Keeping mission vision alive and growing A quarterly publication of Mission Data International

Preparing your kids to go international

by David Armstrong

Communication, information and a loved mother are the keys to preparing your kids to go international.

Communication is about adventuring together rather than alone. It is the sharing of what one is thinking, how one is feeling and the decisions one is wrestling with. Start when God begins to call you to missions. As you ask other adults to pray with you, ask your kids to pray with you. As you learn about the country and the people you are being drawn to, involve them in that learning. Communication between family members is crucial, especially for those six years and older.

Not everyone is an out loud processor, but everyone will benefit from the interaction and sharing. It does take longer to keep several people in the loop, but the unity as a family and the positive attitudes will be so much better.

Information is crucial to preparing you all, and the more the better! Research the people you plan to serve and the places you plan to go. Go through the discovery process together as a family. You will find that each person in your family will be interested in different parts of the culture and each will ask questions you never thought to ask. Take the time and energy to make it fun.

Try books from the library and visit Barnes and Noble. Look for DVDs and videos. Search the internet and make a notebook of what you find. Look for common recipes from that country and try them out. Locate students, businessmen or neighbors who have lived in that country and have them over for dinner and a visit. Search out any blogs talking about that country, and pay attention to news items relating to that part of the world.

Ask questions. What is the country like? What do people do for jobs? What do they produce? What kinds of clothes and what colors of clothes do they prefer? What smells and sounds would one find? What kind of cars do they drive? What are their favorite foods? What will your kid’s schools be like?

Finally, learn some of the language. Nouns tend to be the easiest words to learn because they don’t usually change endings like verbs; pick 100 every day items. The words for “what, where, why, how, when and who” are critical guiding words to conversations. Prepositions relate things, colors and shapes describe things, and adjectives like big/small, heavy/light, wide/narrow and hard/easy compare things. Your goal is to get started, to get your kids acquainted with the idea of communicating in a different language.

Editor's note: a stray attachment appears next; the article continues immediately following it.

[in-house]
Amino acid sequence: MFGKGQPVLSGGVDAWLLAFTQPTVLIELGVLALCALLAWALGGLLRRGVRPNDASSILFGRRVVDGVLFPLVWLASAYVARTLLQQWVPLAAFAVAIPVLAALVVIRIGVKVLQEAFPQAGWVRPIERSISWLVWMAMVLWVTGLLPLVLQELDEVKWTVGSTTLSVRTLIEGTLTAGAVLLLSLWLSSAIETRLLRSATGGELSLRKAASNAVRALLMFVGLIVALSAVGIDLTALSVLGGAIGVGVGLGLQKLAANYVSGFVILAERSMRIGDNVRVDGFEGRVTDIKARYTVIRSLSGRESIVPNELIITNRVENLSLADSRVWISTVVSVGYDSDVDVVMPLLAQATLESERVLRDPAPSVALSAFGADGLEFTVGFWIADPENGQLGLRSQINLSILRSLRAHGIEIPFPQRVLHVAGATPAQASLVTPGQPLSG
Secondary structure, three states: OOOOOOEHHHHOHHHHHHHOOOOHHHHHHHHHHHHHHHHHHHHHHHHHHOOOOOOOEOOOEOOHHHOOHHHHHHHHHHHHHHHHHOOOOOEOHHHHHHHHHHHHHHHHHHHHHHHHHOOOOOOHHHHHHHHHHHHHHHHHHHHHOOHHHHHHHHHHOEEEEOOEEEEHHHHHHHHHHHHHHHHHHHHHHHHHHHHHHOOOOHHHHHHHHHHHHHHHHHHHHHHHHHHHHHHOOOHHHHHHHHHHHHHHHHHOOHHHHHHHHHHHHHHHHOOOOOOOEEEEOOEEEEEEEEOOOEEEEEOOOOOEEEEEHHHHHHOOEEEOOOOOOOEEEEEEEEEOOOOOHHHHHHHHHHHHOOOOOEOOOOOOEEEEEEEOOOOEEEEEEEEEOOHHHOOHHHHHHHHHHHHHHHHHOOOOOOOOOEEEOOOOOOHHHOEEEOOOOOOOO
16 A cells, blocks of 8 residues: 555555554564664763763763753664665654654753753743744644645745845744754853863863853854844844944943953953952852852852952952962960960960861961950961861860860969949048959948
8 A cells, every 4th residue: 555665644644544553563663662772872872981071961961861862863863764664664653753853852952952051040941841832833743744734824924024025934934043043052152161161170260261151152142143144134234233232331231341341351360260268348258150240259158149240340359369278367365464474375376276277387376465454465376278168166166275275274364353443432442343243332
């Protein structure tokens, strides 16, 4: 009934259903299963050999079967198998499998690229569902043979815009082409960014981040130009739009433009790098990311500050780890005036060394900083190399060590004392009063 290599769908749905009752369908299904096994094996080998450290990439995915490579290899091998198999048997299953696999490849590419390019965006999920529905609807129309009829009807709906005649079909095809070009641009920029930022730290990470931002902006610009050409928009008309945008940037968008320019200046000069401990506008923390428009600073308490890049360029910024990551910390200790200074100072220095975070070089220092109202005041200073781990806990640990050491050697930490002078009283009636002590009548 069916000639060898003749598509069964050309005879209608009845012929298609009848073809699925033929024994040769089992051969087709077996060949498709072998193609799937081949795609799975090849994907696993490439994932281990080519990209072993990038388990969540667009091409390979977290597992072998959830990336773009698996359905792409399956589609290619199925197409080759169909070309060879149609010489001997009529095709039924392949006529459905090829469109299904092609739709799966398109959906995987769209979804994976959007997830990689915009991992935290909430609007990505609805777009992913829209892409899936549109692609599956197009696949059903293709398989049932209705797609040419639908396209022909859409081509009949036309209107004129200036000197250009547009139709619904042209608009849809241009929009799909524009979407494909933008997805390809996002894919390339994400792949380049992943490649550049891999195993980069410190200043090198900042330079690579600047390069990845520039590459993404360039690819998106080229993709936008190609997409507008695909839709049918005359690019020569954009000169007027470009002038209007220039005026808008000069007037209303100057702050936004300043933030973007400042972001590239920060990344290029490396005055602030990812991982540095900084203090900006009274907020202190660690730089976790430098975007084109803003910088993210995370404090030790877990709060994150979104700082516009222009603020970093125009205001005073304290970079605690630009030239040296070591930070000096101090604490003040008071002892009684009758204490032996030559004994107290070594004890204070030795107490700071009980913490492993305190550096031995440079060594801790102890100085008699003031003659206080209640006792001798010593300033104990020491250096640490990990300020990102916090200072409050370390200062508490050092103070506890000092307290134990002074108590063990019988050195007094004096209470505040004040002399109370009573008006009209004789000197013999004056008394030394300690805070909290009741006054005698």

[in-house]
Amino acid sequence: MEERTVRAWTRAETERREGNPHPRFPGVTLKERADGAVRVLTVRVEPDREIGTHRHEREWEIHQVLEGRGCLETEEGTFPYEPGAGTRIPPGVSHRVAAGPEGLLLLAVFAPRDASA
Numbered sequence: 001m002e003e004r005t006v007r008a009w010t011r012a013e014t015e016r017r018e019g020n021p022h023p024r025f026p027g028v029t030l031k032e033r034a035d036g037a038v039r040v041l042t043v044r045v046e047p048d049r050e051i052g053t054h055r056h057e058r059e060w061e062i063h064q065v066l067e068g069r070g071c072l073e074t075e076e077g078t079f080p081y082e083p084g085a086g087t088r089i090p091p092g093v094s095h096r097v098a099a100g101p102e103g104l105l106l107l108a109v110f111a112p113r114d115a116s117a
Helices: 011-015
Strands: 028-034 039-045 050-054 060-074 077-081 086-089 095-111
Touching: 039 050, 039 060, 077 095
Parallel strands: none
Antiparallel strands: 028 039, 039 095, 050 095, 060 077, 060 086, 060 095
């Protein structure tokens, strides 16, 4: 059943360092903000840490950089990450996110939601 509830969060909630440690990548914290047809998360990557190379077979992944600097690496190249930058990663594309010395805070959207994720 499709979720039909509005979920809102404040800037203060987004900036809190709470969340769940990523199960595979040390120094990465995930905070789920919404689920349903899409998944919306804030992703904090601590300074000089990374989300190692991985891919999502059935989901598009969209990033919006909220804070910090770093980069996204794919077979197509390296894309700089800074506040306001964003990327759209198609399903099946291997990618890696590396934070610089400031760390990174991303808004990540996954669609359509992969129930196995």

While gathering all kinds of information, there are two more things to add: Prepare them for cultural differences and prepare them for serving. Prepare them for cultural differences by experiencing different cultures and then talking about the experiences. Go to a store with foreign foods and buy something. Go to an Indian or Thai restaurant run by people of that nationality. If you go at a time when they are not as busy, you will be able visit with them as they serve you. Learn about aspects of the culture that appeal to each of your kids such as sports, clothing, activities, shopping centers and music.

Prepare them for serving and for ministry by doing a service project together in your community, such as serving meals at Thanksgiving. Read missionary biographies written for younger ages. Have missionaries in your home so your kids can see for themselves that they are real people.

And pray together for the people where you are going, the decisions you are facing, the raising of support and that God will provide friends and a good school situation for each.

They will do as well as their mother! You have probably heard the expression “If momma ain’t happy, nobody’s happy.” The truth underlying the expression is that kids will feel what mom is feeling. If their mother is feeling secure and confident in where you are going, they will also. If she isn’t, they won’t either. Hence, guys, “show your affection for their mother,” and see that you are walking this path together in oneness.

The kids will pick up on what she feels: Confidence or fear, expectancy or dread, trust or doubt, taking steps forward or passively resisting. As a husband you need to give priority to helping her, and them, take this adventure together as a family. It will take longer. It will try your patience at times. But the results of adventuring together are well worth the effort on your part.

In all of your interactions, your kids need to have a voice, and it needs to be heard. That doesn’t mean giving them decision power, but it does mean they are heard. By interacting as you walk together through the process of preparing to go, their questions will be answered.

Further reading:
Third Culture Kids by David Pollock and Ruth Van Reken, especially the section on “transition”.
Raising Resilient MKs by Joyce Bowers.

A very special thanks to Diane Morris of OC International for sharing from her years of experience at helping families prepare to serve overseas!

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